Getting rid of something does not mean that you don’t care about it’s meaning or that you are rejecting people or memories from the past. It simply means that that object, doesn’t fit into your future. The memory still can! If you’re having a lot of trouble letting go of something because of its meaning (but not it’s actual presence), try taking up journaling. I know – it’s another to-do, but it will take up a lot less space, and truly preserve what matters. The item isn’t what holds the value, the memory is (with most items anyway). So, write about it! In doing so, you’ll probably get a lot more down on paper than you realized was in your head, and you can always go back and revisit the journal entry. (Now, if you end up cluttering your life with too many memory journals, then I apologize for the suggestion!)

4. Tidy by category, not location.

As someone perpetually trying to de-clutter (operative word very much being, “trying”, as I am often unsuccessful), this tip is a departure from my norm. I am used to breaking down cleaning by room. First the bedroom, then the kitchen, etc. … It turns out that de-cluttering by category is much more effective. For one thing, it allows for comparison. This benefit is clearest when it comes to clothing. Does this dress “spark joy” as much as this one does? When you can tell which things really fit the “spark joy” bill, it can be easier to then identify which ones don’t.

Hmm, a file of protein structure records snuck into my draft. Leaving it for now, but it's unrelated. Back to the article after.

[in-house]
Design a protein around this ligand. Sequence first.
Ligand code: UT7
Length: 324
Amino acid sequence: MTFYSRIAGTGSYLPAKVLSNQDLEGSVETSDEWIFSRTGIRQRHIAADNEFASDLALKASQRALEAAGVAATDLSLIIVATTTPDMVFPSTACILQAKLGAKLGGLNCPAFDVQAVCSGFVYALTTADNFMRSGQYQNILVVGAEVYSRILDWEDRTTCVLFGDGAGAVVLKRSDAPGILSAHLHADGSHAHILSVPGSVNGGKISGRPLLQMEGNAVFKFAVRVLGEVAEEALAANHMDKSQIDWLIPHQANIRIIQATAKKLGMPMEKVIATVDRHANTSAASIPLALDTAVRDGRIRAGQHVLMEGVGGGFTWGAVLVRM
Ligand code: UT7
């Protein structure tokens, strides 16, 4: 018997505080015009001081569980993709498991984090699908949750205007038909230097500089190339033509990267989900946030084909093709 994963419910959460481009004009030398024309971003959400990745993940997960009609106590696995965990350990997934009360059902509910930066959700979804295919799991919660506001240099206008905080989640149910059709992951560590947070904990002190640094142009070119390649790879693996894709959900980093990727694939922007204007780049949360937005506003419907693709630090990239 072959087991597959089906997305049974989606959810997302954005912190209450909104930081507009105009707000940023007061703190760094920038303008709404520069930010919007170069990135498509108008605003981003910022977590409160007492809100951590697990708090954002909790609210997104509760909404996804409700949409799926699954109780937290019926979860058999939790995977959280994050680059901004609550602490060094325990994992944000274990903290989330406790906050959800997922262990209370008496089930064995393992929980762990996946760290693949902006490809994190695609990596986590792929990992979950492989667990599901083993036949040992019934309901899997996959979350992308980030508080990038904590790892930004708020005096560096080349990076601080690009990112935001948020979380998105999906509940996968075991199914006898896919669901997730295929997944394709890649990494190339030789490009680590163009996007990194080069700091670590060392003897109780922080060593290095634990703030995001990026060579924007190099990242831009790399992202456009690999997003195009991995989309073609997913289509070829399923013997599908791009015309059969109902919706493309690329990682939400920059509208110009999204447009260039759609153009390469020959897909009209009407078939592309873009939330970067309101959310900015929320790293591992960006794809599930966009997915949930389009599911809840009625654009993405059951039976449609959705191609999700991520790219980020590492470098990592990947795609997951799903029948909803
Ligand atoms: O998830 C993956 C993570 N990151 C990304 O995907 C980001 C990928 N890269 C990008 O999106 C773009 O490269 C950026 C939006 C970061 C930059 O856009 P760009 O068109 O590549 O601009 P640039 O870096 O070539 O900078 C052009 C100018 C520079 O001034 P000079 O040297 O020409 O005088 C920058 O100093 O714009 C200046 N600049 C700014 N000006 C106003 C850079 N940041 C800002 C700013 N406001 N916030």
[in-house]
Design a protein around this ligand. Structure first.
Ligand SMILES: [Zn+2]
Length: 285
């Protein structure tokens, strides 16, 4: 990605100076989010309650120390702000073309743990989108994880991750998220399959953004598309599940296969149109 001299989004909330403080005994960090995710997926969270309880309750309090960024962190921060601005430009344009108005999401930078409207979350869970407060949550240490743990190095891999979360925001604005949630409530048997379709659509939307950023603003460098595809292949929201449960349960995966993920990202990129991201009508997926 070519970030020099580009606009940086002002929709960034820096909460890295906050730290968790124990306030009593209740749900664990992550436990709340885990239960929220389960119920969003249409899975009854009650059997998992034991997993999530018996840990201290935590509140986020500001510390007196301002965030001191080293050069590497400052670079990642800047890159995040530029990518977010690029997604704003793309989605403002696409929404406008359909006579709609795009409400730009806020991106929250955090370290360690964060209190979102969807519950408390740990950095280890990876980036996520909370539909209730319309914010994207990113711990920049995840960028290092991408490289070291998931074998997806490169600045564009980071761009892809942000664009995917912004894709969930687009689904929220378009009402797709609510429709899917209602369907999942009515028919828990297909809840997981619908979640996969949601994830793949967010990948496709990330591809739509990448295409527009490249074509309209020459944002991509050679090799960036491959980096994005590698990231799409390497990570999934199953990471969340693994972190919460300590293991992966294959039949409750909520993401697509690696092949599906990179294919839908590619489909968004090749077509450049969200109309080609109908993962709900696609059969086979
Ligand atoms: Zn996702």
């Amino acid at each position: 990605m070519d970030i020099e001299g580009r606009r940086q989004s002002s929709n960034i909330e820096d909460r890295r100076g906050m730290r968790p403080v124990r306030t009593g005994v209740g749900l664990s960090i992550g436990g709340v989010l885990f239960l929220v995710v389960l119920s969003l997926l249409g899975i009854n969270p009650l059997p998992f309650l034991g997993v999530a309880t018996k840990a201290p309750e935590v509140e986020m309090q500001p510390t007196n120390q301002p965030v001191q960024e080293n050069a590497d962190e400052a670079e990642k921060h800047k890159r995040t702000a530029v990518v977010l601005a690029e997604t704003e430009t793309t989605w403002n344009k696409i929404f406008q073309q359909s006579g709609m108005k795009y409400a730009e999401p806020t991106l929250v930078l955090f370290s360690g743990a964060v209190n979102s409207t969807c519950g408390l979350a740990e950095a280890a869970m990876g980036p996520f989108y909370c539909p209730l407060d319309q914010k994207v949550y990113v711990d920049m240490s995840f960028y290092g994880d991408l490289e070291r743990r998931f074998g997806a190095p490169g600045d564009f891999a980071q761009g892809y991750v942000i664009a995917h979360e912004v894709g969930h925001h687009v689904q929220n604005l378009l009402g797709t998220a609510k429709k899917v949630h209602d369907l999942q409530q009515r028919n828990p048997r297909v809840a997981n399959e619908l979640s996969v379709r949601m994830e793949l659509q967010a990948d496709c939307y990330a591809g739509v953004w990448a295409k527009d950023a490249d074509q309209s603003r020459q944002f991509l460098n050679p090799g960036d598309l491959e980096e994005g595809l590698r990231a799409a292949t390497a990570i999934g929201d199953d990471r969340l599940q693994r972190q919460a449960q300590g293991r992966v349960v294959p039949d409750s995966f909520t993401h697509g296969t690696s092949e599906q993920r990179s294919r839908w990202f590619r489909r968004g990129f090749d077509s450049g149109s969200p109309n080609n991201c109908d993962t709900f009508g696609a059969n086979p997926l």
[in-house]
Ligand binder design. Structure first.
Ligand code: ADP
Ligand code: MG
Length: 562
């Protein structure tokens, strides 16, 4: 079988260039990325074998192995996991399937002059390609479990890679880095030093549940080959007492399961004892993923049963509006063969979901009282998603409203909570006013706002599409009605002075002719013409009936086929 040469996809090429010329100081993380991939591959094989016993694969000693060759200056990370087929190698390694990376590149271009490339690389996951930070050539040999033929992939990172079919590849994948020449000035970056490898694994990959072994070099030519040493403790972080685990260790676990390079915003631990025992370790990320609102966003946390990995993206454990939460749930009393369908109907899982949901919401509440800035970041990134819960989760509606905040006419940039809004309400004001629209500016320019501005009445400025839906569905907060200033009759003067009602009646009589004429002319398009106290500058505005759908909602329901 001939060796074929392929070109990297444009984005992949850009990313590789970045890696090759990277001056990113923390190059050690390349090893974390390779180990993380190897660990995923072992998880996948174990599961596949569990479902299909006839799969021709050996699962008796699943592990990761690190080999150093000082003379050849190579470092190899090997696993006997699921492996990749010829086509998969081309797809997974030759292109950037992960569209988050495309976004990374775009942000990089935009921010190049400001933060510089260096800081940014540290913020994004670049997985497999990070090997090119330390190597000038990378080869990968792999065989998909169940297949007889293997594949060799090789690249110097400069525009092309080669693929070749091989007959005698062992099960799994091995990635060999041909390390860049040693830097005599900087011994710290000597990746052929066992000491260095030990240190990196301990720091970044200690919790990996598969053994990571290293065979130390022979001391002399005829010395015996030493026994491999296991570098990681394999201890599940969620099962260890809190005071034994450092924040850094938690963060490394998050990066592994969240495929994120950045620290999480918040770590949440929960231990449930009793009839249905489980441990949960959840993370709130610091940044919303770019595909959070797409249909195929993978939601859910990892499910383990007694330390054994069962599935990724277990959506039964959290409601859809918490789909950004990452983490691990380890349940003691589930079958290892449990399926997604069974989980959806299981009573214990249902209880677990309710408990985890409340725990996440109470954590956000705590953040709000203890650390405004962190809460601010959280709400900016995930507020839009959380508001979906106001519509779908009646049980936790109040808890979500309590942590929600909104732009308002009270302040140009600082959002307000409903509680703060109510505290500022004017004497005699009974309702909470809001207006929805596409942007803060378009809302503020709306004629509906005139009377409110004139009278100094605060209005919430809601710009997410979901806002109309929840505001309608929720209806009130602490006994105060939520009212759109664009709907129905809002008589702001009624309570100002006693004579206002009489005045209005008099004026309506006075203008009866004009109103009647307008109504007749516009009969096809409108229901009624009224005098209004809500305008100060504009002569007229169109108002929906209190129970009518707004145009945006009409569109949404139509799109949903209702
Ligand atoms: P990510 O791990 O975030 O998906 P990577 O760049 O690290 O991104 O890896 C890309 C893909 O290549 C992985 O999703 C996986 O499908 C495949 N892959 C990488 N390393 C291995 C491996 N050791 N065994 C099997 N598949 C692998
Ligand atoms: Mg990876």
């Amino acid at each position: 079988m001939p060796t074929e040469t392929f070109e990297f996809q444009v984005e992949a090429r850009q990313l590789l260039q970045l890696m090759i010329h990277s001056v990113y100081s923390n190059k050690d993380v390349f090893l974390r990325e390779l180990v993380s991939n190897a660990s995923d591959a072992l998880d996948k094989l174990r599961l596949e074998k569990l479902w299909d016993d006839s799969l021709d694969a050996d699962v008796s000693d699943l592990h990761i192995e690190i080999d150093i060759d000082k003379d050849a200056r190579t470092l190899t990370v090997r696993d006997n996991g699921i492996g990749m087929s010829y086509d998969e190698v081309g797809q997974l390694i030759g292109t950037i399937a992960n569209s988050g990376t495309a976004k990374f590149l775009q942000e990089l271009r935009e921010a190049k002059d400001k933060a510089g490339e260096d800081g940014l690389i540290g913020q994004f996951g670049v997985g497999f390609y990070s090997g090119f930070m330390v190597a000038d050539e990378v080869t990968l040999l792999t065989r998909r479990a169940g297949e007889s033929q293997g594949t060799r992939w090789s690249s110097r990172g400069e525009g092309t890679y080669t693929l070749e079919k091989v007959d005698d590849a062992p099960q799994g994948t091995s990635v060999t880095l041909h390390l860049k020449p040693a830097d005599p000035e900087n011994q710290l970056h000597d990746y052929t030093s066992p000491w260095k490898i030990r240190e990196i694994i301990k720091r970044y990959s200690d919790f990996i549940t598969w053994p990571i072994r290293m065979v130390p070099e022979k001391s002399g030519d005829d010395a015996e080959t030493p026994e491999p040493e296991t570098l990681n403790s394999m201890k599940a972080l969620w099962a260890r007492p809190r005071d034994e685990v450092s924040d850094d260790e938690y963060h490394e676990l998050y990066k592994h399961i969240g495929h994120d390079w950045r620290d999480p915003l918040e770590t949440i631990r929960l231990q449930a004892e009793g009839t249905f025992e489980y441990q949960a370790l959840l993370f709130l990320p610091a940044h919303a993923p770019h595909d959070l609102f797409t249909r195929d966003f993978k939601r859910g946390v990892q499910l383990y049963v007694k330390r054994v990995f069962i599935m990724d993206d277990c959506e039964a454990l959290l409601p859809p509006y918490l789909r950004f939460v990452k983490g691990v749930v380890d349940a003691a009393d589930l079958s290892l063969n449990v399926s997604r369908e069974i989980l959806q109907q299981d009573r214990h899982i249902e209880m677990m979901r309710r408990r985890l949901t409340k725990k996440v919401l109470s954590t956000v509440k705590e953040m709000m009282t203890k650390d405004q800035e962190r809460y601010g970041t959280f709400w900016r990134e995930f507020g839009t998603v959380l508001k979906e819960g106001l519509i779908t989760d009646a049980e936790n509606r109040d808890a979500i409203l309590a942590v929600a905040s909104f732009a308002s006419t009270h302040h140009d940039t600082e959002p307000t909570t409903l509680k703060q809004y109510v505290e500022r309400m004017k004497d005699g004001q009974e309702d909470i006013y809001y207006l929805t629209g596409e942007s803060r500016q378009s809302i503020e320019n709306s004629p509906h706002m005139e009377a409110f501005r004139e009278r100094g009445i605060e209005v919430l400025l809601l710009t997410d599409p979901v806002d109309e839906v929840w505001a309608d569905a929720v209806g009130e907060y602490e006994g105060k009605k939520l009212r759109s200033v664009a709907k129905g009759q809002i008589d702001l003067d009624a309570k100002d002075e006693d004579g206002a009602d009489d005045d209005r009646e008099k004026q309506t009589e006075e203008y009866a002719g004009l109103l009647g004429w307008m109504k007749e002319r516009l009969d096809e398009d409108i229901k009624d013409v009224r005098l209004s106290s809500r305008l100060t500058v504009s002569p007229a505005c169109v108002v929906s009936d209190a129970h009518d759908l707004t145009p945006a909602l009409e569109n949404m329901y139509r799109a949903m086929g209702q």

5. Follow the right order: clothes, books, papers, komono (miscellaneous items), and sentimental items

Start easy, then move along to the harder stuff after you’ve had some practice. I’m not saying that getting rid of clothing is easy, but it’s definitely much simpler than photographs, childhood artwork, and old travel tickets. The things that hold the most emotional weight, take a pretty well-practiced, highly-conditioned tidying muscle to let go of. Start small and work your way toward things that tend to hold more meaning.

6. Ask yourself if it sparks joy.

This is the part that seems to have stuck the most in our collective minds. If you hear “Marie Kondo”, the almost instinctual reaction is, “Oh yeah, the “does it spark joy” woman”. But the thing is, most of us don’t truly understand what that means. It turns out there’s sort of something lost in translation between the Japanese, “tokimeku”, and the English, “spark joy”. As Kondo explains in a Los Angeles Times piece in 2016, when you hold an item “firmly in both hands as if communing with it, pay close attention to how your body responds… When something sparks joy, you should feel a little thrill.”

Didn’t clear it up? Refer back to step two of this list: Imagine your ideal lifestyle. Does the item fit in the vision that you conjured? Sometimes this slightly more tangible test can be helpful.

None of this is a quick and easy cure-all (unfortunately). Letting go of things is a practice to cultivate and nurture. The cool thing is, there are many sources, including this one, that show that there are real benefits to tidying up and letting go things. As with anything, apply these steps in a way that works for you and your situation. And try not to be too hard on yourself, always, but especially in the world of today.